Lawrence Of Arabia (Restored Version)

Horizon Pictures Released 1962




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Movie Summary

David Lean

David Lean's famous epic biography of the enigmatic T. E. Lawrence, a "desert-loving Englishman" whose heroism in the First World War, when he successfully united warring Arab tribes in the battle against invading Ottoman Turks (allies of Germany), made him world-famous but became open to question subsequently. Was Lawrence a madman, a sadist, an egomaniac, as some detractors claimed after his death in 1932? Or was he the visionary leader of legend? Peter O'Toole's charismatic performance in the title role made him an international superstar overnight.

Metacritic Score

  • 100

    Chicago Sun-Times Roger Ebert

    What a bold, mad act of genius it was, to make Lawrence of Arabia, or even think that it could be made.

  • 100

    Boston Globe

    Lawrence is back on the big screen, and it simply demands to be seen. Yes, again.

  • 100

    Chicago Tribune Michael Wilmington

    It's perhaps only because it can't be seen in its full glory on television that "Lawrence" isn't ranked more highly on some recent all-time "best film" lists. But it belongs near t...

Trivia, Notes, Quotes and Allusions


  • TRIVIA (2)

    • Albert Finney was tested at some length for the role of Lawrence by David Lean, but turned the part down in favour of (much less lucrative) stage work. Alain Delon, Horst Buchholz and Maurice Ronet were all considered for the role of Ali before Omar Sharif was signed; Ronet went so far as to make detailed costume tests, but his strong French accent and inability (at the time) to speak English counted against him.

    • Although Peter O'Toole and Omar Sharif were officially "introduced" in this film, both had appeared in prominent film roles previously - indeed, Sharif was the most popular film star in Egypt (usually billed as "Cherif"), although only one of his films, Goha (1959), had been seen in the west. O'Toole had previously been seen in The Savage Innocents (where his role role was greatly reduced in the editing), Kidnapped and The Day They Robbed The Bank Of England (all released in 1960).

  • QUOTES (5)

    • T.E. Lawrence: [meeting Ali for the first time]: None of my friends is a murderer!

    • Potter: [burning himself when he tries Lawrence's trick of extinguishing a match flame with his fingers]: Ow! It bloody hurts.
      Lawrence: Certainly it hurts.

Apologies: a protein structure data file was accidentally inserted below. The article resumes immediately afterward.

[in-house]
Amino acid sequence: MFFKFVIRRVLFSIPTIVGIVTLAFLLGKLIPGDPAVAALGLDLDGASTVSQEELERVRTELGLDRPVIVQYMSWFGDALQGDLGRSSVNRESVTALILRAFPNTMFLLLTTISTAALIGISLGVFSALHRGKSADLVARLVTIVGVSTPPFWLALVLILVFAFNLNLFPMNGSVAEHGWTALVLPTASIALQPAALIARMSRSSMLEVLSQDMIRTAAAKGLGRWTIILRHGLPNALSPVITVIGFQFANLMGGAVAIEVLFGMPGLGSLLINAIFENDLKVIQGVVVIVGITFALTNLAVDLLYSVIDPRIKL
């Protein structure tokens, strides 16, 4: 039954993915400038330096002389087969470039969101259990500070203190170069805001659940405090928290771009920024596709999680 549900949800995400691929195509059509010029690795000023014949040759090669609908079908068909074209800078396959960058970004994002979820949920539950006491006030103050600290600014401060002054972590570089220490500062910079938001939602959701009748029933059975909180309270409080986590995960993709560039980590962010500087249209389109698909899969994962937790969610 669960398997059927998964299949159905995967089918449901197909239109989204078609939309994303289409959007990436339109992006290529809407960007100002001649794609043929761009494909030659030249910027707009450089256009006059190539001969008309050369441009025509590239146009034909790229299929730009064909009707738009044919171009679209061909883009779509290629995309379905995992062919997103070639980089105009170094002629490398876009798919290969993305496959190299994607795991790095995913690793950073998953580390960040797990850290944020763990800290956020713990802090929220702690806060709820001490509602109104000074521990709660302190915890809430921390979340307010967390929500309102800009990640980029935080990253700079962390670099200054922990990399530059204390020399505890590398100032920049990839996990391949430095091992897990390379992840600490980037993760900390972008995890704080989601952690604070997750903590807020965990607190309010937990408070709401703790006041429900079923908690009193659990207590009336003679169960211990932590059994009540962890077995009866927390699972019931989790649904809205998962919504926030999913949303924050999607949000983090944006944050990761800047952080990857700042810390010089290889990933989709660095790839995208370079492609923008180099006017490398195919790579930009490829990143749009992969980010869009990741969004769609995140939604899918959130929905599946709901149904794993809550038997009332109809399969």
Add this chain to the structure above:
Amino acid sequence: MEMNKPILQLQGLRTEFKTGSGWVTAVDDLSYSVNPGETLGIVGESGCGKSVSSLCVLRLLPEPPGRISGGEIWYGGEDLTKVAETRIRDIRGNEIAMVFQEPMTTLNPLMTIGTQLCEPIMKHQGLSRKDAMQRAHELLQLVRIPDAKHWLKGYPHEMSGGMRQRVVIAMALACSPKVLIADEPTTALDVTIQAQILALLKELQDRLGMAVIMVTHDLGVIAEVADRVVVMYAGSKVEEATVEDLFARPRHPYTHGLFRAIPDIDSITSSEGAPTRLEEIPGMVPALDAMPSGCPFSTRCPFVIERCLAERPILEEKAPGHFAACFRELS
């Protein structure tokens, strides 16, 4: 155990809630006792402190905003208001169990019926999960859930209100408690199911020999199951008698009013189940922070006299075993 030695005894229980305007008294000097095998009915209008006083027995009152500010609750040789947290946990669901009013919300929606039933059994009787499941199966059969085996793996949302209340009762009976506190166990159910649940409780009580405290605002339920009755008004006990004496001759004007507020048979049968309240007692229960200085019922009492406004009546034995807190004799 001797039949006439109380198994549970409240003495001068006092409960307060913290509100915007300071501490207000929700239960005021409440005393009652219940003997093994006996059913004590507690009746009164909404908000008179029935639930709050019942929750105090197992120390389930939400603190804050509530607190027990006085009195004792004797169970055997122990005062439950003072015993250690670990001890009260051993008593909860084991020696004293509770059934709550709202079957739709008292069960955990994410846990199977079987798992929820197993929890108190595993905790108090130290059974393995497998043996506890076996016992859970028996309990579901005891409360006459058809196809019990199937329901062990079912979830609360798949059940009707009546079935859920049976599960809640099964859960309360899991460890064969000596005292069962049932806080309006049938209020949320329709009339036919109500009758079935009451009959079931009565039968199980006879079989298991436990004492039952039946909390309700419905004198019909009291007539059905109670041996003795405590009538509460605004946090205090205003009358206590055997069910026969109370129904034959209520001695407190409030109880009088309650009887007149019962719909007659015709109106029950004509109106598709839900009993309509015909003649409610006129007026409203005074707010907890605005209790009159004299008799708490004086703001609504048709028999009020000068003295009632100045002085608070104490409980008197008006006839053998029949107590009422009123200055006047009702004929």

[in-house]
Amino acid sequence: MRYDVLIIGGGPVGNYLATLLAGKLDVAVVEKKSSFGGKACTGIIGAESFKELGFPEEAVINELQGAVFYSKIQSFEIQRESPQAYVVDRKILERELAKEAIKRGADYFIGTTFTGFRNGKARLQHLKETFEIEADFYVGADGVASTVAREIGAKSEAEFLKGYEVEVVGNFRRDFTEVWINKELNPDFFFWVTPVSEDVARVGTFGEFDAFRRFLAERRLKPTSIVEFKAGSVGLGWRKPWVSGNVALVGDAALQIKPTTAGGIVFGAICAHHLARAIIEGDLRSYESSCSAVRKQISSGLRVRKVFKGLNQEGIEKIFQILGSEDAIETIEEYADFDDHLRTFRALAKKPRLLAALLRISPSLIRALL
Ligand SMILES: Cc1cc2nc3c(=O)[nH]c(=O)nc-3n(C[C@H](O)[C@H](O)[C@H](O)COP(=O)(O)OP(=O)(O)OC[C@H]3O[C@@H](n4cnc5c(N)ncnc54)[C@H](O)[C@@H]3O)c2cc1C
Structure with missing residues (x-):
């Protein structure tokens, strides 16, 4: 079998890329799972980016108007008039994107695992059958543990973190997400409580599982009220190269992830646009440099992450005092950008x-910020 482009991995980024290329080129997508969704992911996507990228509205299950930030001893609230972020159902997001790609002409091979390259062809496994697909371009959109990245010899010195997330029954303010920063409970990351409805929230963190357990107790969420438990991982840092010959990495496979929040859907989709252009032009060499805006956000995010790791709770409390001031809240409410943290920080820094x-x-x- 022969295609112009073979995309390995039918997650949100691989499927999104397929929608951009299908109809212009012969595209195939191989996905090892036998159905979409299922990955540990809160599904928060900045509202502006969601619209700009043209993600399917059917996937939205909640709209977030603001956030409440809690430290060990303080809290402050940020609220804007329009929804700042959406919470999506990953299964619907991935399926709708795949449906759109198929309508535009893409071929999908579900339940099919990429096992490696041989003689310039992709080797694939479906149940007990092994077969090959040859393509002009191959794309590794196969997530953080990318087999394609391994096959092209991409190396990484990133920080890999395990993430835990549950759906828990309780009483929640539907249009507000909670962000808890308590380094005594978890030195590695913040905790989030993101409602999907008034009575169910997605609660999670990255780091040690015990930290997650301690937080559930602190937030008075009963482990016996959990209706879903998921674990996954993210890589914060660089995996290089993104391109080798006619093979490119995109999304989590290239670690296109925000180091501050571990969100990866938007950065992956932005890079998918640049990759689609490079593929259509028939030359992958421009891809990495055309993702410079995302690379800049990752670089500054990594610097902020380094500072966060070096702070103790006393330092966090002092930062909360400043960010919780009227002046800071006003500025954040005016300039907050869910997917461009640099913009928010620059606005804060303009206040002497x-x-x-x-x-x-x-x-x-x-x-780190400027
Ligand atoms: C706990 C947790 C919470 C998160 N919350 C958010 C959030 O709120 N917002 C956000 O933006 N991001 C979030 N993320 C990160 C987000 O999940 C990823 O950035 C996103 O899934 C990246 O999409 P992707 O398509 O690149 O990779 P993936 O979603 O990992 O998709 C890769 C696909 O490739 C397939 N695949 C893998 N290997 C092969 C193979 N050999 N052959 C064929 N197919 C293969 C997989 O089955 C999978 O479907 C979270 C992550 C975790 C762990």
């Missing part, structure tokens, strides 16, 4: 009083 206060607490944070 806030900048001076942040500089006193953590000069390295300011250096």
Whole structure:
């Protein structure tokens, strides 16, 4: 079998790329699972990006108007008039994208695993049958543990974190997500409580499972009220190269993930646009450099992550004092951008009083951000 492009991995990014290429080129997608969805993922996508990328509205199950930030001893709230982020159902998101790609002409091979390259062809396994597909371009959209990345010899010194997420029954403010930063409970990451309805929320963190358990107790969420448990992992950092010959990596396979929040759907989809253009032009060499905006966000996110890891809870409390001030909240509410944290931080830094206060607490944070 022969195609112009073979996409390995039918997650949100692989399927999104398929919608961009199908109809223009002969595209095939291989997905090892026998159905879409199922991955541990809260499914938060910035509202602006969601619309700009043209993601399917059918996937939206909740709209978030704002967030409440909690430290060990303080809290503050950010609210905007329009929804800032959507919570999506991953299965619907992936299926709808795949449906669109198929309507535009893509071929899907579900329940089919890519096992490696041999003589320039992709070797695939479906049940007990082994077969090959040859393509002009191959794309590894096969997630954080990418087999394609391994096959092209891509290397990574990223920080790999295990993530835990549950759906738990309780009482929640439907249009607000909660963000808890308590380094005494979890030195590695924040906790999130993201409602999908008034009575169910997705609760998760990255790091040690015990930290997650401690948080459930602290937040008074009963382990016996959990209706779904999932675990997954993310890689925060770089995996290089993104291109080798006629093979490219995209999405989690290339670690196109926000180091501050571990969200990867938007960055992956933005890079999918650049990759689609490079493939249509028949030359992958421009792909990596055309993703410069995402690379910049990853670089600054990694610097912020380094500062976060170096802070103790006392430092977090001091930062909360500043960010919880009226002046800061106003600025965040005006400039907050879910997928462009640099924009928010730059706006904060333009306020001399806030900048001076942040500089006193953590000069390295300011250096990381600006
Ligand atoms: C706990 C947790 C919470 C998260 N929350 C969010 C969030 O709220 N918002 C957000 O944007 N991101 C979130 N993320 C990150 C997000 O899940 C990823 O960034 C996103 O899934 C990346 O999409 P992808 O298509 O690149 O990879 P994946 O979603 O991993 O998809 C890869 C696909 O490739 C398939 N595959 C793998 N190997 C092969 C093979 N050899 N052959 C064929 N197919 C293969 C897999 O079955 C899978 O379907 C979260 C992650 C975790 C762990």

Potter: What's the trick, then?
      Lawrence: The trick is not minding that it hurts.

    • Prince Feisal: [to Allenby]: El Aurens is a sword with two edges. We are equally glad to be rid of him, are we not?

    • General Murray: I cannot make out whether you're bloody bad-mannered or just half-witted.
      Lawrence: I have the same problem myself, sir.

    • Jackson Bentley: [warning Prince Feisal]: Watch out for Allenby. He's a slim customer.

  • NOTES (4)

    • The film won 7 Academy Awards for Best Art Direction, Best Film Editing, Best Cinematography, Best Substantially Original Score, Best Sound, Best Director and Best Picture.

    • Michael Wilson's first draft of the screenplay was written whilst Wilson was blacklisted by Hollywood as a result of his left-wing views. He was uncredited when the film first appeared in 1962, something he protested at length over many years. His name was not restored to the writing credits until the late 1990s, by which time both he and Robert Bolt were dead.

    • The character of "Jackson Bentley" is obviously based on Lowell Thomas, the American journalist whose reports from the desert war made T.E. Lawrence internationally famous in 1917; Thomas later published a best-selling book about Lawrence as well as making a documentary film. The characters of "General Murray", "Colonel Brighton" and "Mr. Dryden" are fictionalised composites of several real people. General Allenby is referred to by his real name and Jack Hawkins altered his appearance to look as much like the real man as possible. However, Allenby's family protested very strongly against the way in which the general was depicted, just as T.E. Lawrence's brother, still alive in 1962, attacked the film for its treatment of its title-character.

    • Robert Bolt was hired to rewrite the script in a great hurry at a fee of $100,000 (an extraordinary sum for a writer with no previous screenwriting experience). There was a problem, however - he had been arrested (as had Bertrand Russell) for taking part in an anti-nuclear demonstration and was in prison. Sam Spiegel used his influence to get Bolt released early, pressuring him to sign an affidavit to the effect that he would henceforth keep the peace. Bolt later said that he had never been able to forgive Spiegel for doing this.


More Info About This Movie


Historical, Biography